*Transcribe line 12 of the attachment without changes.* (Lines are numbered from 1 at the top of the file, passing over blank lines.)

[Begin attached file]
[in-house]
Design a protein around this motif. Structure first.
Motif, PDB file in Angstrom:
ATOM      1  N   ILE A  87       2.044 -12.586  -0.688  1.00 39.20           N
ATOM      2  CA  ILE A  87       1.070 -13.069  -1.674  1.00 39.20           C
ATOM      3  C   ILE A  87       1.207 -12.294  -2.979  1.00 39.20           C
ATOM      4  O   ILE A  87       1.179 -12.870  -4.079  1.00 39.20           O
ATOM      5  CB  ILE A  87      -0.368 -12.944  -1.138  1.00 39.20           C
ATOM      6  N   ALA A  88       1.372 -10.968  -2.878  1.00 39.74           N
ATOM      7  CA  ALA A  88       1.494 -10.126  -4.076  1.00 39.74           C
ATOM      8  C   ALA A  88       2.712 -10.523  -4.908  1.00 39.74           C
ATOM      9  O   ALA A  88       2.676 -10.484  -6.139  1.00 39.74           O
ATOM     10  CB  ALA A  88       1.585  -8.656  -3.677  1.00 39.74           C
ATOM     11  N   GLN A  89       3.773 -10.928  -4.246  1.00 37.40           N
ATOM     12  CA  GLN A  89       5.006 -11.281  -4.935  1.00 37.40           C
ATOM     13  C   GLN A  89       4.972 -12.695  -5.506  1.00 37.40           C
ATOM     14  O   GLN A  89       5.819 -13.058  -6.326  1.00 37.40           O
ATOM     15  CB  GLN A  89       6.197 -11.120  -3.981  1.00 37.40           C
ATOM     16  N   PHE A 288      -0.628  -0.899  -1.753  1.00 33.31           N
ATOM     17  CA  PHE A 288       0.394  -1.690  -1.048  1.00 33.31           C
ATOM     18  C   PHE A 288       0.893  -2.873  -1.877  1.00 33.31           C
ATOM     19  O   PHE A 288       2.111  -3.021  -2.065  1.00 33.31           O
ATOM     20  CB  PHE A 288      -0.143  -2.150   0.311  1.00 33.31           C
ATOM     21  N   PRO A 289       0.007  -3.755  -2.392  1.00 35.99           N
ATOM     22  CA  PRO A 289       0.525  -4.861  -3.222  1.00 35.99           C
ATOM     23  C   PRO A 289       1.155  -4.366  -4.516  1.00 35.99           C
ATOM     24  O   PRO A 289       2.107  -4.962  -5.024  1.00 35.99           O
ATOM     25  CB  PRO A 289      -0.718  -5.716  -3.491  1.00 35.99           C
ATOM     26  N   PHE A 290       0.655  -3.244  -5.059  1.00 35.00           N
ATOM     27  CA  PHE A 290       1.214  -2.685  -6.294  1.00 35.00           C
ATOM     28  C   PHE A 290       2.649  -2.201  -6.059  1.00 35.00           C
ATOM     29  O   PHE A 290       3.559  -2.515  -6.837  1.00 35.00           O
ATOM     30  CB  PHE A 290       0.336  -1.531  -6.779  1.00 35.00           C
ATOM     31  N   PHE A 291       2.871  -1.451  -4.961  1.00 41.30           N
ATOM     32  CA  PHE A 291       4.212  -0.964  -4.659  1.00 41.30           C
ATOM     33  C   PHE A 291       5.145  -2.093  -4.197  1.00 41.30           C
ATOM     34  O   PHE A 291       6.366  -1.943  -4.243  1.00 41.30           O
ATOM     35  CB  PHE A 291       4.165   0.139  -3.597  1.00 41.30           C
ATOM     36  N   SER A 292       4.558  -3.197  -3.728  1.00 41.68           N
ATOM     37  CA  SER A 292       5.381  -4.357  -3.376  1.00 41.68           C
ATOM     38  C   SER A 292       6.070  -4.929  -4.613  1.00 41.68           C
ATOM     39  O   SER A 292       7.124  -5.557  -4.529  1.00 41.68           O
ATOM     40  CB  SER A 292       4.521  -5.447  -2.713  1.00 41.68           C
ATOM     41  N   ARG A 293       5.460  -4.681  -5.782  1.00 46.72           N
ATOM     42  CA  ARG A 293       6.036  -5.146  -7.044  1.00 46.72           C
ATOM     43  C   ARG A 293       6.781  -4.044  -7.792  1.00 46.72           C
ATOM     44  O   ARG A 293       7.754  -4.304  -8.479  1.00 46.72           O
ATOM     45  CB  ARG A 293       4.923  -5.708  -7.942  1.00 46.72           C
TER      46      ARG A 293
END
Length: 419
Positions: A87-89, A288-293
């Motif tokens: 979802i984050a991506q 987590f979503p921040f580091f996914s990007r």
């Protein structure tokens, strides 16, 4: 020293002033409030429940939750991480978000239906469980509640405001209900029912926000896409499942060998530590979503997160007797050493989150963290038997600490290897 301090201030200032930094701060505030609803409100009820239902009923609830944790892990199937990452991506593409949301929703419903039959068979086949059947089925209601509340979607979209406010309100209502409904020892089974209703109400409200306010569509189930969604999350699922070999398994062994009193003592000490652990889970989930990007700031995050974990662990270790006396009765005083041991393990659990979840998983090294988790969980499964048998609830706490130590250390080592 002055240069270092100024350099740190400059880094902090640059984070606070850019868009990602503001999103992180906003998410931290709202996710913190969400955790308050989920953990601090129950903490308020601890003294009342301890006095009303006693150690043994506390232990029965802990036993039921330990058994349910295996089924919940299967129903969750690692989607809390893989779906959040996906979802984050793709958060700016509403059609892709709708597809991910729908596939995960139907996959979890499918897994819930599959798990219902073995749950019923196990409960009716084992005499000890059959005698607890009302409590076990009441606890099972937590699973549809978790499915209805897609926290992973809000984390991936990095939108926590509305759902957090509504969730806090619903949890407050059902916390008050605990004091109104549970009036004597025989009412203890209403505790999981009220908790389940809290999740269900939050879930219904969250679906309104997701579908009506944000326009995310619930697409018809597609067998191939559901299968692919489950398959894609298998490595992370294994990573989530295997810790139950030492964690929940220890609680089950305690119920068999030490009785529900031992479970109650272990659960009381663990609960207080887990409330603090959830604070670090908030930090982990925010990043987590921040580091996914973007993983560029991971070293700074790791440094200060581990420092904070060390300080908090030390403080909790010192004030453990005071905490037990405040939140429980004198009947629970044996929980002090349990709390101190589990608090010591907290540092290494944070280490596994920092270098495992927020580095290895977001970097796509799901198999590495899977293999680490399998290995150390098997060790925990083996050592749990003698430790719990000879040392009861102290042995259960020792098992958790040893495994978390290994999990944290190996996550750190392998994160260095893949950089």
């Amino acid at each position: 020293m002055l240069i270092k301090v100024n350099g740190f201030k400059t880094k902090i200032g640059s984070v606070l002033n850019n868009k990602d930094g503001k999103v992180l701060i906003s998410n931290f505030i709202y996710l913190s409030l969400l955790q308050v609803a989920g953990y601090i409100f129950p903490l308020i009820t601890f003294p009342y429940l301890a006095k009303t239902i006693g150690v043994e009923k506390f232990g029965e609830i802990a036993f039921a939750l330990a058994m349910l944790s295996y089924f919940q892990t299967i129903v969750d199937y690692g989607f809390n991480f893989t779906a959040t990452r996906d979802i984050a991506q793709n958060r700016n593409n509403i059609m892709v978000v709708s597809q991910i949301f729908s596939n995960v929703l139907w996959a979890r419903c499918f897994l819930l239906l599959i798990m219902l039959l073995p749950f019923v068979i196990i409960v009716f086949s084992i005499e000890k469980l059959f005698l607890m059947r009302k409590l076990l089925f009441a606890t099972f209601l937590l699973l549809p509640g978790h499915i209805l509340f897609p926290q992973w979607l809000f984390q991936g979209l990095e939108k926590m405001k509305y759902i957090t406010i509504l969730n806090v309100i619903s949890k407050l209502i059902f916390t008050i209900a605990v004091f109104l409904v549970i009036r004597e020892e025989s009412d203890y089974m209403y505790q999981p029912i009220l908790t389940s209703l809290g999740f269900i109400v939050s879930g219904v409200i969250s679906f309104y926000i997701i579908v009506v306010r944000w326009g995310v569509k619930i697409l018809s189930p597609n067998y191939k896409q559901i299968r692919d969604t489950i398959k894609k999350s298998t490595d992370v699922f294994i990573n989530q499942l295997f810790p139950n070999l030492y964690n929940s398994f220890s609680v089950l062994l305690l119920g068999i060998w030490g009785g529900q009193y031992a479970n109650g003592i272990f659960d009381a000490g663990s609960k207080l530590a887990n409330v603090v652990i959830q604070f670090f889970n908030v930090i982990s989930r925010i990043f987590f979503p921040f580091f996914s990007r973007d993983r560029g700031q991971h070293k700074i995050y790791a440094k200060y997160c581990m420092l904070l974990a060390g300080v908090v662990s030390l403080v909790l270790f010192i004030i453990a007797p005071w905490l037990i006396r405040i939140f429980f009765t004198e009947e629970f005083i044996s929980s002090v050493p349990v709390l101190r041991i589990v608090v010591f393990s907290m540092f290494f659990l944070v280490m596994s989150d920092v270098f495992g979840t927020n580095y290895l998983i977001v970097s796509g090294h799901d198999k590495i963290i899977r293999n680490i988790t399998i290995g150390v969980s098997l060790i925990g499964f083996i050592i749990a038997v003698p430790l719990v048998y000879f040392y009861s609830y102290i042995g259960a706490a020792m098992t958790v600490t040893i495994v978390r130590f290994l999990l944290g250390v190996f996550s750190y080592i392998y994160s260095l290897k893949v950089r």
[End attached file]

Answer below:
ATOM      9  O   ALA A  88       2.676 -10.484  -6.139  1.00 39.74           O